3.  Spread the top and then the sides of the loaf with coffee buttercream, leaving a rim of buttercream around the top edge of the loaf. Sweep the icing spatula across the top to take off the excess buttercream and make it smooth. Rotate the loaf and repeat with each side in turn until the entire outside of the loaf is coated with a smooth layer of buttercream.
4.  Slide the gâteau onto a wire rack and chill it in the refrigerator until the buttercream is firm, at least 1 hour.
5.  If you did not melt the chocolate for the glaze in a stainless steel bowl, transfer it to one. Temper the chocolate as follows: Dip the bottom of the bowl of chocolate in a larger bowl of cold water and stir the chocolate until the temperature drops to between 80 degrees and 84 degrees F (26.5 degrees to 29 degrees C) and it begins to thicken. Immediately remove from the cold water and dip the bottom of the bowl of chocolate in a larger bowl of hot water. Stir over the hot water just long enough to warm the chocolate to between 86 degrees and 91 degrees F (30 degrees to 33 degrees C) and make it more fluid again. Then remove from the hot water immediately. Beat the clarified butter with a wooden spatula to make it smooth and creamy, then stir it into the chocolate.
6.  Pour the chocolate on top of the gâteau in a rectangle the perimeter so that some of it flows naturally over the edges. Quickly smooth the top surface with an icing spatula to cover the entire top with a thin layer of glaze and make the excess flow evenly down the sides. Pour additional chocolate over any areas that need it, and tilt and tap the wire rack to be sure that chocolate flows evenly over the entire surface. Touch up any uneven areas around the sides with the edge of the icing spatula. Let the chocolate begin to thicken, then clean off any excess chocolate around the bottom edge. Transfer the gâteau to a serving plate and let the glaze set.
7.  Scoop the reserved buttercream into the pastry bag and pipe a row of overlapping teardrops around the rim of the gateau. Pipe one rosette in the center and four teardrops pointing out from the center. Place a pecan half on the rosette in the center.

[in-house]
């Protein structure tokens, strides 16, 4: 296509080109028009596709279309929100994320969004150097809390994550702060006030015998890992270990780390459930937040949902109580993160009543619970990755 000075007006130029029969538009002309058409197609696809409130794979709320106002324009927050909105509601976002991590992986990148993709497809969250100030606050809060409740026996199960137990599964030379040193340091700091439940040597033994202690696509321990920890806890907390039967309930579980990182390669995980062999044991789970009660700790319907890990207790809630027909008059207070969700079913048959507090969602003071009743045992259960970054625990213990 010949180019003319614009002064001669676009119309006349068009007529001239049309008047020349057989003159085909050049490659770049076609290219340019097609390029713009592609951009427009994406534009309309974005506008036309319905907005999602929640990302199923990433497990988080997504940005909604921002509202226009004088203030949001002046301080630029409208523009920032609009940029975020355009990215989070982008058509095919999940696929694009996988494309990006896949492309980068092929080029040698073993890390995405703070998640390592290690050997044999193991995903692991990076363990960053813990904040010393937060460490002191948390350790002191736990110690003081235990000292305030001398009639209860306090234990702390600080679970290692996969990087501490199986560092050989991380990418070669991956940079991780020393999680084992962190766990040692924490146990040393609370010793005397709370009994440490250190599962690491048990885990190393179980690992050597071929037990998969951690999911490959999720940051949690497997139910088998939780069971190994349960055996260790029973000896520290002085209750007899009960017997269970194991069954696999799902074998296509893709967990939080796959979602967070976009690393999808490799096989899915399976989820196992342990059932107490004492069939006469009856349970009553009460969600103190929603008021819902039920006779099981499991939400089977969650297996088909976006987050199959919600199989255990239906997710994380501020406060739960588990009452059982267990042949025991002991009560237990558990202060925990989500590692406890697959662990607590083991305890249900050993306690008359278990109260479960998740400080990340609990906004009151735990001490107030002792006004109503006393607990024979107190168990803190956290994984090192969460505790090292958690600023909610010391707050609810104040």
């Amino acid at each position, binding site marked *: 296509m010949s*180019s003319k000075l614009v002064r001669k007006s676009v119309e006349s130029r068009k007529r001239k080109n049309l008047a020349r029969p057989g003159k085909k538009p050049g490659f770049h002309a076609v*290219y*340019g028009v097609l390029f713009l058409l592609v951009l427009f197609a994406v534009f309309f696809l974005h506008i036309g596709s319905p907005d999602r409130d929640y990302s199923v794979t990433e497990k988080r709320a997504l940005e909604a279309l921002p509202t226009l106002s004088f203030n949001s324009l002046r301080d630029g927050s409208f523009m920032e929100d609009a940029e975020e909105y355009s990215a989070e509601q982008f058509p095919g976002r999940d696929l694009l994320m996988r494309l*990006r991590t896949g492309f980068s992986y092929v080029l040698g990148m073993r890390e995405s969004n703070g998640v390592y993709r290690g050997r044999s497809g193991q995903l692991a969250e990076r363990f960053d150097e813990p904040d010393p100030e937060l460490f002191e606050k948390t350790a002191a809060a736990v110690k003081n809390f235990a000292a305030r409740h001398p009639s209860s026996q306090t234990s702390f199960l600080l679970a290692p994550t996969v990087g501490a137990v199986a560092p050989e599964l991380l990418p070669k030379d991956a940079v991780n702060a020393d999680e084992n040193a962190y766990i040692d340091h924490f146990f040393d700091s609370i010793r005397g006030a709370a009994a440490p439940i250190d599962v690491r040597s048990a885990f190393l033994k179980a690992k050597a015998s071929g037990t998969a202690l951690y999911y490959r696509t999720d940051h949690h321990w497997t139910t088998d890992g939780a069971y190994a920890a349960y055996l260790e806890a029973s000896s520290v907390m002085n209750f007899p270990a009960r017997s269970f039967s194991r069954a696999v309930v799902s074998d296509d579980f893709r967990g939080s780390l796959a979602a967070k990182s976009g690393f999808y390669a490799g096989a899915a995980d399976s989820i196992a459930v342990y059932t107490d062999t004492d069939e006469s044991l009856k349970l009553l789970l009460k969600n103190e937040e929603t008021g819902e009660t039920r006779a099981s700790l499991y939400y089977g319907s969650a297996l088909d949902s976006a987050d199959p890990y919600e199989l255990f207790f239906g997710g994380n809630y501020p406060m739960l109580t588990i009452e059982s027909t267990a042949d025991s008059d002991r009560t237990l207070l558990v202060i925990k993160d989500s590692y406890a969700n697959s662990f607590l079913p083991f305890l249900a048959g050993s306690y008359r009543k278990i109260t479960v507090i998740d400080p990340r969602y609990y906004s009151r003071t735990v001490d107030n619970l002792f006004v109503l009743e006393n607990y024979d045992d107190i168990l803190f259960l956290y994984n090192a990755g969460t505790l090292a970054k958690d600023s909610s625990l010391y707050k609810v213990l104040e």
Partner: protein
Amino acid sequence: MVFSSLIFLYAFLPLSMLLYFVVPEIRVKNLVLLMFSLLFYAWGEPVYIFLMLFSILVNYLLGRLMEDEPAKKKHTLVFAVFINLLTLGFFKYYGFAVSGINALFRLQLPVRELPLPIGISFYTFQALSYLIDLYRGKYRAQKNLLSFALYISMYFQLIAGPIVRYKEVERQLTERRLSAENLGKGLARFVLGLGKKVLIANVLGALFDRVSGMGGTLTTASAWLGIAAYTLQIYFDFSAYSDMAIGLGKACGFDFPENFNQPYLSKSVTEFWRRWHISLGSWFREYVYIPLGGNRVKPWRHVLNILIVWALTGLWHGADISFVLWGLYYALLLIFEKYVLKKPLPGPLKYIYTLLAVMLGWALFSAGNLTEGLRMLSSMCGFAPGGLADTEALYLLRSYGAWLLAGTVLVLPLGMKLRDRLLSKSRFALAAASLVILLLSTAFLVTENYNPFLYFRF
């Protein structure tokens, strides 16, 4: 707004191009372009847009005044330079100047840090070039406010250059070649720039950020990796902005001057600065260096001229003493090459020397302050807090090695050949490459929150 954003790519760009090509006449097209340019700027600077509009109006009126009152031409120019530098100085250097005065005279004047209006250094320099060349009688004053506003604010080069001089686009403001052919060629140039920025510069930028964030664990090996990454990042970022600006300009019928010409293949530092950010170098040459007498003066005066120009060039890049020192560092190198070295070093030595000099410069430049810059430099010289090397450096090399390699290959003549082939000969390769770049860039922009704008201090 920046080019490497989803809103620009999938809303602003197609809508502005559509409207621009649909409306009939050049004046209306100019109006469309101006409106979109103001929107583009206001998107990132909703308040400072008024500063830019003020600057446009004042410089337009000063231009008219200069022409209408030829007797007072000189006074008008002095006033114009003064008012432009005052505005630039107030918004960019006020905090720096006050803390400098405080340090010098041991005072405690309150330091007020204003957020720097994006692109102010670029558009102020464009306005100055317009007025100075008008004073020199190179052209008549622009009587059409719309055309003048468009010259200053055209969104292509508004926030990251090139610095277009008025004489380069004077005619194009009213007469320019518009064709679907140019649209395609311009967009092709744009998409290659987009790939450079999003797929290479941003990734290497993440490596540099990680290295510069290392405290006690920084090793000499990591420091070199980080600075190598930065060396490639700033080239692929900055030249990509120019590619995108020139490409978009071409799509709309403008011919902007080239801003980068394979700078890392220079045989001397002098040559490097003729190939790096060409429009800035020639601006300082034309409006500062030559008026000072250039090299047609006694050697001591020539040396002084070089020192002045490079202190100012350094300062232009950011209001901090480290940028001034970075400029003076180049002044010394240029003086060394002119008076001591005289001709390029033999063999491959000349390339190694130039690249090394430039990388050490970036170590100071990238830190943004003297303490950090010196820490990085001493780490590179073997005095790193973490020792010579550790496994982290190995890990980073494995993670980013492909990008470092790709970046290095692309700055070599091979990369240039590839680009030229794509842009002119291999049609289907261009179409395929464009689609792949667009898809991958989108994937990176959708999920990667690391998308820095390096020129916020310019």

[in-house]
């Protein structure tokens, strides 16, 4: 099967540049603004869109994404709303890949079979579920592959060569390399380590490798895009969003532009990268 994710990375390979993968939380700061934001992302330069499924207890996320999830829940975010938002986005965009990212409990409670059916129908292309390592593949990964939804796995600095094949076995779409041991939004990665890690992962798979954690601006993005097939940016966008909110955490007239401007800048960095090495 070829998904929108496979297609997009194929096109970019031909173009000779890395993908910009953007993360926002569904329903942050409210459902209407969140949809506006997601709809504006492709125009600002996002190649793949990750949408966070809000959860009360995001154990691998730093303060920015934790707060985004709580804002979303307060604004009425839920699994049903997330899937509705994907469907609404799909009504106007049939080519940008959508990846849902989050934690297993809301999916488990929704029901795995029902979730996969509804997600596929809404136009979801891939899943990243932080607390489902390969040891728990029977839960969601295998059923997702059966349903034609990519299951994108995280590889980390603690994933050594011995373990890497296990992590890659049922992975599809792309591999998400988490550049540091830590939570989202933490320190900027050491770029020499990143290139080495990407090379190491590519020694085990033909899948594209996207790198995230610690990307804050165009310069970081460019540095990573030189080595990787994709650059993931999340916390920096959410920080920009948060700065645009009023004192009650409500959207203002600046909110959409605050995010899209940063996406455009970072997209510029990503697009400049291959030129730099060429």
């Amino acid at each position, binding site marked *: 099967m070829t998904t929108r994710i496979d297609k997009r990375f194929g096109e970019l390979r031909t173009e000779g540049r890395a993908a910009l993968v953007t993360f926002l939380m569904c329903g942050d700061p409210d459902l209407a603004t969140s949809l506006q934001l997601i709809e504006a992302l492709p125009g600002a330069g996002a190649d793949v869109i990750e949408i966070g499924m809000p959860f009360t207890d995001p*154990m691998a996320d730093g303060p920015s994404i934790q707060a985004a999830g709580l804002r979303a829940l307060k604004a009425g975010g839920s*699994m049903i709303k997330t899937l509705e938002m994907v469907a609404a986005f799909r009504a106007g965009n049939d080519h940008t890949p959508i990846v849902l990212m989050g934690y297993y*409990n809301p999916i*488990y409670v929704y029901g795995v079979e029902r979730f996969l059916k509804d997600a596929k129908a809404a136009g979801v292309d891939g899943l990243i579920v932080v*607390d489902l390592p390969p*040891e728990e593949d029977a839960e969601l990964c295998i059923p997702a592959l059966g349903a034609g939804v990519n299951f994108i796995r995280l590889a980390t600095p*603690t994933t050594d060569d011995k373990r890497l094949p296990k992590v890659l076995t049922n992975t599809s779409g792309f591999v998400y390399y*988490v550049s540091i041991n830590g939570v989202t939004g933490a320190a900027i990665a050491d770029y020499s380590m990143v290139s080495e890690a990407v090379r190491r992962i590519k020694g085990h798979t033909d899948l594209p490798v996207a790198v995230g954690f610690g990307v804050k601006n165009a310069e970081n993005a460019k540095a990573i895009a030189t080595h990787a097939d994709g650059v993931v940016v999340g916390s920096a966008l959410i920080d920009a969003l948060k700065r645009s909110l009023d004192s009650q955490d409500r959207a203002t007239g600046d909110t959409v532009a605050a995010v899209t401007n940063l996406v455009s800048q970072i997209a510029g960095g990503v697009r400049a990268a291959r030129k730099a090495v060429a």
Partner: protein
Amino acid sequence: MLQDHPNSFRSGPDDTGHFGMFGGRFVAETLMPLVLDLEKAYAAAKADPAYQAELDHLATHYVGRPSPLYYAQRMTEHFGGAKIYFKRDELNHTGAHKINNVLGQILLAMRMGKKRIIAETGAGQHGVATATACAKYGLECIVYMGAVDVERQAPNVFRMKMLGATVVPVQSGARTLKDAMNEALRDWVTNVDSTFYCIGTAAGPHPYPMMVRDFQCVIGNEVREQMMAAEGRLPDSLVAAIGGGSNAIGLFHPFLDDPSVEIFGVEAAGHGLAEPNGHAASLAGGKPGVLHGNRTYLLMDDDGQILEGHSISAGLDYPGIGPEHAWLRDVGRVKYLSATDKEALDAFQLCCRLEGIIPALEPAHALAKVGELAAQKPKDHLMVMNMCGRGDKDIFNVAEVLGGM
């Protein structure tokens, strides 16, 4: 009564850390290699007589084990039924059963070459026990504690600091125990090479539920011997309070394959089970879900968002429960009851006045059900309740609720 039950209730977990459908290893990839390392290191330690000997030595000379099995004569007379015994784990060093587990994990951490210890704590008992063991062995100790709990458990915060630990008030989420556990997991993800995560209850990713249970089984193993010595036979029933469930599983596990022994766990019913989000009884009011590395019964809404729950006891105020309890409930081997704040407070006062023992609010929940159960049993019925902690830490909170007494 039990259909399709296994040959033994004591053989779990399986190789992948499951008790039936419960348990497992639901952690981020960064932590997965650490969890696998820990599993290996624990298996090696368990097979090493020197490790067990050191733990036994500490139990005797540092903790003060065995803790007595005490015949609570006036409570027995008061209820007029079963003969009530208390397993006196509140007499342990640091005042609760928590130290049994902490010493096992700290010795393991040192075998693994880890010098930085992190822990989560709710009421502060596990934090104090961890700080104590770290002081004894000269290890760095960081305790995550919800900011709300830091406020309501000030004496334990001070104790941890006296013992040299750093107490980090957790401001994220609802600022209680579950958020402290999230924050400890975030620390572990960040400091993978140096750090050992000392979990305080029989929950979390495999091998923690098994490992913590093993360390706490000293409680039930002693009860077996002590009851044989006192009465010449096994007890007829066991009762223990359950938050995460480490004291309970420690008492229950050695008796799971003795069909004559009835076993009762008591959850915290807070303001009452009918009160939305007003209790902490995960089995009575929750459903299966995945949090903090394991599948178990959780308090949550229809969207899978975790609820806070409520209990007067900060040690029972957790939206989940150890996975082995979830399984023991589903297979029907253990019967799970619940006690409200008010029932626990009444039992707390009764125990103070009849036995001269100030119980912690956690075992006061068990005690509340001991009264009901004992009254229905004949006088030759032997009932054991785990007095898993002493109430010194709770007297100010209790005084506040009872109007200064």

8.  Refrigerate the gâteau until ready to serve.

Storage – In the refrigerator for up to 2 days. Before glazing, freeze for up to 2 weeks. Once frozen, cover airtight with plastic wrap. Remove the plastic wrap and defrost overnight in the refrigerator, then glaze and decorate.

Pecan Mousseline

For one 6-cup (1.5-L) loaf

“We devised this variation on a classic recipe to take advantage of the availability of superb pecans in the United States. Pecan Mousseline can also be baked in a round cake pan or cake ring and used just like génoise in round gâteaux.”

4 large eggs, separated, at room temperature
1 1/2 cups (7 ounces; 200 g) nut-and-sugar powder, made with pecans
(recipe follows)
1/8 teaspoon (a few drops) pure vanilla extract
1/8 teaspoon (a pinch) cream of tartar (optional)
2 tablespoons (1 ounce; 25 g) superfine or extra-fine sugar
1/2 cup (2 1/2 ounces; 70 g) all-purpose flour

Electric mixer
6-cup (1.5-L) loaf pan (brush with butter, dust with flour)
Heavy baking sheet

Preheat the oven to 350 degrees F (175 degrees C).

1.  Combine the yolks with the pecan-and-sugar powder and beat at medium speed in the mixer until light and cream-colored. Beat in the vanilla extract.